When assessing CD46 expression on PBMCs, all cells studied expressed CD46 as expected (14), with the highest expression at 0 h found on monocytes (Fig. 3). CD46 expression in antigen-presenting cells (APCs) was influenced by ML stimulation, with large decreases in expression in B cells (P < 0.0001) and monocytes (P < 0.0001) and a large upregulation of CD46 expression in mDCs (P = 0.0005) compared to expression at 0 h (and expression in mock-treated controls was comparable to expression at 0 h [P > 0.05]). CD46 expression on T cells was less affected by ML stimulation, with only a slight downregulation of expression in CD4+ T cells (compared to 0 h, P = 0.020) (Fig. 3). CD46 expression was increased after PHA stimulation in most cell types, particularly mDCs (P < 0.0001) (Fig. 3). The change in CD46 expression after ML stimulation compared to after PHA stimulation was significantly different in all cell types (P < 0.05 for T-cell subsets and P < 0.0001 for B cells and DCs).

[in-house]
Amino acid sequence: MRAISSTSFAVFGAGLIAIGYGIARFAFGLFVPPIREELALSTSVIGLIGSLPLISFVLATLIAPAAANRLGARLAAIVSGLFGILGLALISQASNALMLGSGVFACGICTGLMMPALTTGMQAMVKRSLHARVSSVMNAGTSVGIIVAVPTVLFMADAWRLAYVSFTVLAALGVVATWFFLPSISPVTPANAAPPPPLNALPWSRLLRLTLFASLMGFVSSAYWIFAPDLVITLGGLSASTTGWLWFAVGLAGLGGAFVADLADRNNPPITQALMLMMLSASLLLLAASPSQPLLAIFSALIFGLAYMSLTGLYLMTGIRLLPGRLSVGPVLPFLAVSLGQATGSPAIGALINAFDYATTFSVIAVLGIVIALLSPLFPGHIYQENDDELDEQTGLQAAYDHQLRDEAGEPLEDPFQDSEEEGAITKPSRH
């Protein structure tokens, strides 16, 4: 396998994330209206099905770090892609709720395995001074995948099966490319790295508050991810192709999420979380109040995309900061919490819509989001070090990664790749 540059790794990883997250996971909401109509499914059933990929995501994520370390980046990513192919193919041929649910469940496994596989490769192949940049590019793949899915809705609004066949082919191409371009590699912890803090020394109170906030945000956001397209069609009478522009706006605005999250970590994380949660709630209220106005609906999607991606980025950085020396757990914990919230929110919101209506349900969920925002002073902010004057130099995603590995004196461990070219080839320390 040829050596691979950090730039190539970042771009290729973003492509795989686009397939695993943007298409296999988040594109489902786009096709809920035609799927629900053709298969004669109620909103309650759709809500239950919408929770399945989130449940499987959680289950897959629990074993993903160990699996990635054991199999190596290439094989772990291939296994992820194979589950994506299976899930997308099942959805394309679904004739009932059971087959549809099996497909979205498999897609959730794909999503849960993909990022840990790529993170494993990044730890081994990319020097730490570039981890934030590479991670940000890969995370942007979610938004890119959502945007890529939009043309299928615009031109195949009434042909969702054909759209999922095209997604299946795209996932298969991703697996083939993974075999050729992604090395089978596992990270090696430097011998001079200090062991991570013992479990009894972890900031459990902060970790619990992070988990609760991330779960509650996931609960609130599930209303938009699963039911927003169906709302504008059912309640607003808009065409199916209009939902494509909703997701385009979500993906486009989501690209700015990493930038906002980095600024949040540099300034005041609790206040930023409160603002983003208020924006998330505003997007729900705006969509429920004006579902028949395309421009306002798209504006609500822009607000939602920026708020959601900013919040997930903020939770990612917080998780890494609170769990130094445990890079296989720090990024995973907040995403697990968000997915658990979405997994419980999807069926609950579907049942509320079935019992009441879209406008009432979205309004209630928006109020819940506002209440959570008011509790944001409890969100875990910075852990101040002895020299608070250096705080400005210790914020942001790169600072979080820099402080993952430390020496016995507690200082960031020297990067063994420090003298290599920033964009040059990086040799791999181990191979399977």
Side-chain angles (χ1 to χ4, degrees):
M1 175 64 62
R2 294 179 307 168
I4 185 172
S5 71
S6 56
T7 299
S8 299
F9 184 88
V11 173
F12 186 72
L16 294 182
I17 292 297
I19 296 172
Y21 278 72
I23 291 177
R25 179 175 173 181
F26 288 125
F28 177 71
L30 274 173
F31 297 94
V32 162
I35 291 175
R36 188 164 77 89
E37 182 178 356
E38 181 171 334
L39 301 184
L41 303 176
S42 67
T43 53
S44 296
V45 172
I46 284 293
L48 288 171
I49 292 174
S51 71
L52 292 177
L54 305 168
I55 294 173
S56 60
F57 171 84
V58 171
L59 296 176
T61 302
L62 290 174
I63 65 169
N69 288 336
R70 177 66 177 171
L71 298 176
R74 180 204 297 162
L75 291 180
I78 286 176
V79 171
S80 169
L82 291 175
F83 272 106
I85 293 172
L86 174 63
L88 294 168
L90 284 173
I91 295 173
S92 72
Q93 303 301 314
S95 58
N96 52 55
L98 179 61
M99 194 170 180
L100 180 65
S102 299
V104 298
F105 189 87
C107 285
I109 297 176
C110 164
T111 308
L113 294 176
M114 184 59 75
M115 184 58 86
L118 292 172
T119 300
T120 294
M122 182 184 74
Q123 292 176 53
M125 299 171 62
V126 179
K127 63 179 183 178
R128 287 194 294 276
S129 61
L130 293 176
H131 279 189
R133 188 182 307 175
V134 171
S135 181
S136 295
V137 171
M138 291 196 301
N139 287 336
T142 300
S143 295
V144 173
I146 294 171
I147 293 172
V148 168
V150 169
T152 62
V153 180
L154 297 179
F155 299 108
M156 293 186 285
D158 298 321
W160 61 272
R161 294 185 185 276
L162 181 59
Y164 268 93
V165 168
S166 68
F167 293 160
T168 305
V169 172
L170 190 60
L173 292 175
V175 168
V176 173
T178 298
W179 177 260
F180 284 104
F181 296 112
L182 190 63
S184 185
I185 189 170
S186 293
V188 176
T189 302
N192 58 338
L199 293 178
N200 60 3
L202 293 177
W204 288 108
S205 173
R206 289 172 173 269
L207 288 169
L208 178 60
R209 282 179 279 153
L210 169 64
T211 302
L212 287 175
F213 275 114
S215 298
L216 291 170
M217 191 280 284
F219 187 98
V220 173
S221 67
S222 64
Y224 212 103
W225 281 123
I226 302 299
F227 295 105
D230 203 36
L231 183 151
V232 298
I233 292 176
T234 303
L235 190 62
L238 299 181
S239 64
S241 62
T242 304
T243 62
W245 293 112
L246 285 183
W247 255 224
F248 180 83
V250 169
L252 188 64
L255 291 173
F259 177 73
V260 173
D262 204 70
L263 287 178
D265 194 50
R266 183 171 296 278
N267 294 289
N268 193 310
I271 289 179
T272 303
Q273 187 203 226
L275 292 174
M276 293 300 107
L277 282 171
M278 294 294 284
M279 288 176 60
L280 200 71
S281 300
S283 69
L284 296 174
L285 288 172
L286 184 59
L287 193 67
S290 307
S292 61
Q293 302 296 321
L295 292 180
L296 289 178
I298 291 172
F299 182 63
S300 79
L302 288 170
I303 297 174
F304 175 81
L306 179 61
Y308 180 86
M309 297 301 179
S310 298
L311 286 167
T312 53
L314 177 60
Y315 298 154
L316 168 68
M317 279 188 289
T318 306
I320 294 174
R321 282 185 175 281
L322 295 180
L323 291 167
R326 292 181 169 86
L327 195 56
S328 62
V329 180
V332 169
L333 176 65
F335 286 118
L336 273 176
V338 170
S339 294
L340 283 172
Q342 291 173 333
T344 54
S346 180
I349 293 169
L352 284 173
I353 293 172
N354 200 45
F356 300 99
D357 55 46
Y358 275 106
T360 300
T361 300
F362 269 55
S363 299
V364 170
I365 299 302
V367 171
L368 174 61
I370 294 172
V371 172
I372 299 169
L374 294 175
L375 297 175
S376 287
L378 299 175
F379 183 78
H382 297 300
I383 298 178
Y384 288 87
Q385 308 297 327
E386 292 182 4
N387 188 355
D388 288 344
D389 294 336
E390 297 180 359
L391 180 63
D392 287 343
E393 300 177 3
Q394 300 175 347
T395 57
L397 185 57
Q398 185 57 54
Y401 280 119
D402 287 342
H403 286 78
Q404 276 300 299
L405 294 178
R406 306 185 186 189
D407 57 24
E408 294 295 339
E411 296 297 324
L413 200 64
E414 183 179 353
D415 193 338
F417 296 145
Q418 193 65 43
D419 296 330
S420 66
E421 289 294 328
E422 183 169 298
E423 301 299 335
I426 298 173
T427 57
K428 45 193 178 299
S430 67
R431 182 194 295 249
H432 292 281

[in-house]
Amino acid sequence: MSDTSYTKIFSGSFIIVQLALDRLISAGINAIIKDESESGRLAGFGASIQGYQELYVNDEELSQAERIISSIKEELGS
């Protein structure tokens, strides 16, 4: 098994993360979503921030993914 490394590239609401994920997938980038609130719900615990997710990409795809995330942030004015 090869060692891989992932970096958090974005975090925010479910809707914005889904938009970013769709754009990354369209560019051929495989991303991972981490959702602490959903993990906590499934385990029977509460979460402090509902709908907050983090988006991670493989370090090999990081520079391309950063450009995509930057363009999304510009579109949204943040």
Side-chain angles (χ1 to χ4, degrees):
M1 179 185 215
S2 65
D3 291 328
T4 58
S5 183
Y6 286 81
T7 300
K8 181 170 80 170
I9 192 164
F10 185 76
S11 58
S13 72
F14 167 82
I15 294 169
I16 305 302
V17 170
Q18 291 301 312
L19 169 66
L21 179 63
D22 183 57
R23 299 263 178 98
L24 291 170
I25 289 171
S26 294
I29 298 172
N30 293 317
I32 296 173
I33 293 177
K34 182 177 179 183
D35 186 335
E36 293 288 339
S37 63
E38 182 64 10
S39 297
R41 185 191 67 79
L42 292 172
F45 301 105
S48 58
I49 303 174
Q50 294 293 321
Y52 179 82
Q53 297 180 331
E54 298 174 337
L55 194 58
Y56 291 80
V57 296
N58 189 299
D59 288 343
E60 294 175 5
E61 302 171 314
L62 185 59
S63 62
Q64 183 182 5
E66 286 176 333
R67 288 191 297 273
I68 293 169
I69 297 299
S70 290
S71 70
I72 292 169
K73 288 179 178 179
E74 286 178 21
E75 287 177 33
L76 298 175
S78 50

We then assessed the proportion of different cell types within the PBMC population before and after ML stimulation. The proportion of subpopulations of T cells, B cells, monocytes, mDCs, and pDCs was significantly altered after measles lysate stimulation compared to 0 h. The percentages of CD3+, CD4+, and CD8+ T cells were decreased after ML stimulation (all P < 0.0001), whereas the opposite was found in APCs (due to the ratio) (Fig. 4).
CD46 rs7144 was significantly associated with CD46 expression at 0 h, with those with the C allele having a higher level of expression in CD3+ (P = 0.017), CD4+ (P = 0.033), and CD8+ (P = 0.020) T cells (Fig. 5A). CD46 rs7144 genotypes were significantly associated with the downregulation of CD46 expression after ML stimulation in T cells, with those with the CC genotype having more downregulation (i.e., less expression after stimulation) compared to CT and TT (P = 0.021, P = 0.027, and P = 0.016 for CD3+, CD4+, and CD8+ T cells, respectively) (Fig. 5A). In contrast, CD46 expression in the APC subsets (B cells, monocytes, and DCs) were not significantly different between the CD46 rs7144 genotypes at 0 h or after ML stimulation (Fig. 5B). The other CD46 SNPs were not associated with CD46 expression.